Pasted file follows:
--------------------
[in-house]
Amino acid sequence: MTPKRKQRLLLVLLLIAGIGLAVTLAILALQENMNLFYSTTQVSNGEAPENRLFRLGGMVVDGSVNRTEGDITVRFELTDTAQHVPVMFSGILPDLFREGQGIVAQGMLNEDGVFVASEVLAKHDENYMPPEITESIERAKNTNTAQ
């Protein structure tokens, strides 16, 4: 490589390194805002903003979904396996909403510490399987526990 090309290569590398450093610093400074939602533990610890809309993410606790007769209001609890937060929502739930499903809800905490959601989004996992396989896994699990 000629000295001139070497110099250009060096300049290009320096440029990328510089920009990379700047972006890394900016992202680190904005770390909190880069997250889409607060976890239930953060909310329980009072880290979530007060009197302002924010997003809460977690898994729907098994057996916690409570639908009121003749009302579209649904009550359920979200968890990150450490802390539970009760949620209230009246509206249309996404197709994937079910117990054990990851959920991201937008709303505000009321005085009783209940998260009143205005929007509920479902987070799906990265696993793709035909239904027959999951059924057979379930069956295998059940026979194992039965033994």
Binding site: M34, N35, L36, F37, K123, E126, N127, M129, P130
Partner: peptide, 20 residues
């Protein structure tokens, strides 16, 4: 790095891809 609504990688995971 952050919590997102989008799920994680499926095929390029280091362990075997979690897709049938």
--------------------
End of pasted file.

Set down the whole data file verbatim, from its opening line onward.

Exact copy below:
[in-house]
Amino acid sequence: MTPKRKQRLLLVLLLIAGIGLAVTLAILALQENMNLFYSTTQVSNGEAPENRLFRLGGMVVDGSVNRTEGDITVRFELTDTAQHVPVMFSGILPDLFREGQGIVAQGMLNEDGVFVASEVLAKHDENYMPPEITESIERAKNTNTAQ
């Protein structure tokens, strides 16, 4: 490589390194805002903003979904396996909403510490399987526990 090309290569590398450093610093400074939602533990610890809309993410606790007769209001609890937060929502739930499903809800905490959601989004996992396989896994699990 000629000295001139070497110099250009060096300049290009320096440029990328510089920009990379700047972006890394900016992202680190904005770390909190880069997250889409607060976890239930953060909310329980009072880290979530007060009197302002924010997003809460977690898994729907098994057996916690409570639908009121003749009302579209649904009550359920979200968890990150450490802390539970009760949620209230009246509206249309996404197709994937079910117990054990990851959920991201937008709303505000009321005085009783209940998260009143205005929007509920479902987070799906990265696993793709035909239904027959999951059924057979379930069956295998059940026979194992039965033994």
Binding site: M34, N35, L36, F37, K123, E126, N127, M129, P130
Partner: peptide, 20 residues
């Protein structure tokens, strides 16, 4: 790095891809 609504990688995971 952050919590997102989008799920994680499926095929390029280091362990075997979690897709049938």